EU foreign ministers split on Syria arms embargo

Gilmore says Ireland does not want situation to become ‘further militarised’

Lithuania’s foreign minister Linas Linkevicius listens to Britain’s foreign secretary William Hague (R) at the start of an European Union foreign ministers meeting in Brussels today. Photograph:  Francois Lenoir/Reuters.

Lithuania’s foreign minister Linas Linkevicius listens to Britain’s foreign secretary William Hague (R) at the start of an European Union foreign ministers meeting in Brussels today. Photograph: Francois Lenoir/Reuters.


European foreign ministers have reconvened talks in Brussels tonight where divisions remain over a proposal to lift an EU arms embargo on the Syrian opposition.

The Irish Government reiterated its opposition to removing the arms embargo in Syria, with Tánaiste Eamon Gilmore underlining Ireland’s preference for a “peaceful, political settlement” to the crisis ahead of the talks.

Britain and Austria clashed over whether the embargo should be relaxed. Britain and France are pushing hard for its easing ahead of a peace conference sponsored by the United States and Russia expected next month.

Speaking this evening Austria’s foreign minister said the ministers failed to agree on easing the embargo. Austria leads the camp of five of the EU’s 27 governments firmly opposed to sending arms that they believe could deepen the two-year-old conflict that has cost 80,000 lives. All EU sanctions on Syria could collapse unless the EU can agree unanimously on what to do about the arms embargo before it expires on June 1st.

The deadlock could mean that all EU sanctions on Syria, including those on the Assad government, would expire on Saturday and individual member states would have to decide whether to keep sanctions in place, Austria’s Michael Spindelegger said.

However, other EU diplomats at the meeting in Brussels disputed the Austrian version of events, saying talks would resume later in the evening and there was still a chance of salvaging an agreement. “Nothing has failed. Germany and the Netherlands will push very hard to find an acceptable compromise for everybody,” a Dutch diplomat said.

Ahead of the meeting, Mr Gilmore said Ireland had been “consistently” of the view that the arms embargo should not be lifted.

“I think it is important that the situation in Syria does not become further militarised. We need to secure a peaceful outcome, a political solution. That’s going to be very difficult to achieve,” the Tánaise said.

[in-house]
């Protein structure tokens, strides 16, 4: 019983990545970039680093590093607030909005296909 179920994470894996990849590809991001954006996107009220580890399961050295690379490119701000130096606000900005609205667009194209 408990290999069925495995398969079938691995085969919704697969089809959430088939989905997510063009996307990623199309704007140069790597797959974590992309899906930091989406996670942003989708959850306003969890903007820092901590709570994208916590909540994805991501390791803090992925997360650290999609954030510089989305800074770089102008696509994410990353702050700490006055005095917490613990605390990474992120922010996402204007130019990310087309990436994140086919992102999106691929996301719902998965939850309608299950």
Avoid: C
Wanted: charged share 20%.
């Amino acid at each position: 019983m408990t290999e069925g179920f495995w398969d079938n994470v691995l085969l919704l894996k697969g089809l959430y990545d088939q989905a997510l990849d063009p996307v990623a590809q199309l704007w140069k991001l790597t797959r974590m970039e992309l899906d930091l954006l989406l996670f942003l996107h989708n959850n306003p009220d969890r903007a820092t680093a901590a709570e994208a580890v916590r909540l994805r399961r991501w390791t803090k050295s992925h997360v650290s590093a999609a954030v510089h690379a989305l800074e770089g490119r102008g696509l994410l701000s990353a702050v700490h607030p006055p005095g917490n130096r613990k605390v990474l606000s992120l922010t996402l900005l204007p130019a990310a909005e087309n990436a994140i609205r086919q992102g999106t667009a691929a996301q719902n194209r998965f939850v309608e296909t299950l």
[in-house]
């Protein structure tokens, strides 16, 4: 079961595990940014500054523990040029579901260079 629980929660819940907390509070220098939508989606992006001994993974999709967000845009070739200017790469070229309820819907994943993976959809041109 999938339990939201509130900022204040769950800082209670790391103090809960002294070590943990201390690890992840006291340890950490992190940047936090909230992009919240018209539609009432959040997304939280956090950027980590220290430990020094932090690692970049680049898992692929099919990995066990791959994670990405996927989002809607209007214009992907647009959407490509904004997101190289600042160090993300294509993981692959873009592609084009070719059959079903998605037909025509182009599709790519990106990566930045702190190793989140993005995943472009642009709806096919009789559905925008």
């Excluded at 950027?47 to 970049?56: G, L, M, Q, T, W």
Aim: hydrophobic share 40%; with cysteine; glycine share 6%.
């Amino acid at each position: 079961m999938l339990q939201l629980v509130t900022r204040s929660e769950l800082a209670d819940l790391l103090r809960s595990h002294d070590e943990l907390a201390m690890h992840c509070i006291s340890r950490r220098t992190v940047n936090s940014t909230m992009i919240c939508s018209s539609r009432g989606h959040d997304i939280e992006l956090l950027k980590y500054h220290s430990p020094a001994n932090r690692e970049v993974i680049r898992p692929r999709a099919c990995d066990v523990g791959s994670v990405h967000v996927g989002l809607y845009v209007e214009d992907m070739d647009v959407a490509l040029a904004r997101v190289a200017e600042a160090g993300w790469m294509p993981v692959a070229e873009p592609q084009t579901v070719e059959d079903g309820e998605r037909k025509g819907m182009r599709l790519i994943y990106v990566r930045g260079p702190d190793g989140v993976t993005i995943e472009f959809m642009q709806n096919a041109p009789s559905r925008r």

Noting that the existence of different political views on the arms embargo issue, the Tánaiste said that it was important to achieve a “peaceful, political settlement.”

“Ireland is one of the countries that has been consistently reluctant to change the position on the arms embargo. The renewal of the sanctions will be up for discussion today, and we will try and achieve an agreement in those discussions,” he said.

The debate has gained urgency because of recent military gains by president Bashar al-Assad’s troops and because of allegations of chemical weapons use by the government side.

British foreign secretary William Hague, arriving for the talks, signalled Britain was prepared to see EU sanctions fall apart rather than bow on his demand to give more support to rebels.

“It is important to be doing the right thing for Syria. That is more important than whether the EU is able to stick together on every detail of this,” he told reporters. If the EU could not have a unified sanctions policy, “each country will have to ensure it has its own sanctions,” he said.

Opponents say taking a decision now to allow arms to be sent to the rebels could undermine the planned peace conference. Dutch foreign minister Frans Timmermans said he and German counterpart Guido Westerwelle were leading the search for a compromise.

Ministers from five EU states opposed to amending the embargo - Austria, Sweden, Finland, Romania and the Czech Republic - met separately and agreed they could accept an extension of the arms ban for a shorter period than the current three months before reviewing it again, an EU diplomat said.

However, extending the arms embargo unchanged is unlikely to be acceptable to Britain. Many other EU governments, while not keen to deepen the EU’s involvement in the Syrian conflict, are open to a compromise to maintain EU unity on Syria.

Britain and France say they have no immediate plan to arm the rebels but argue that easing the EU embargo would strengthen the hand of the West and the opposition in the negotiations.

Austria has warned that it could stop patrolling the UN ceasefire line on the Golan Heights between Israel and Syria if the EU arms embargo was lifted. While the rebels are receiving arms from Arab states through Jordan and Turkey, Western powers are concerned that Islamist militants fighting Dr Assad could also use such weapons against them. The United States has also held back from supplying arms.

The EU’s diplomatic service produced several proposals aimed at finding middle ground between the two camps but none had won the required unanimous support by the time ministers took a break from talks for dinner on Monday evening. A spokeswoman for EU foreign policy chief Catherine Ashton said discussions in the late evening would address the “next steps”, and a German diplomat said declaring talks over was premature. “There is still a chance for a political consensus,” the diplomat said. EU sanctions on Syria, including asset freezes and travel bans on Assad and senior Syrian officials as well as the arms embargo, expire on Saturday. Unless EU governments agree on what to do about the arms embargo before then, the entire EU sanctions package could collapse.

Additional reporting - Reuters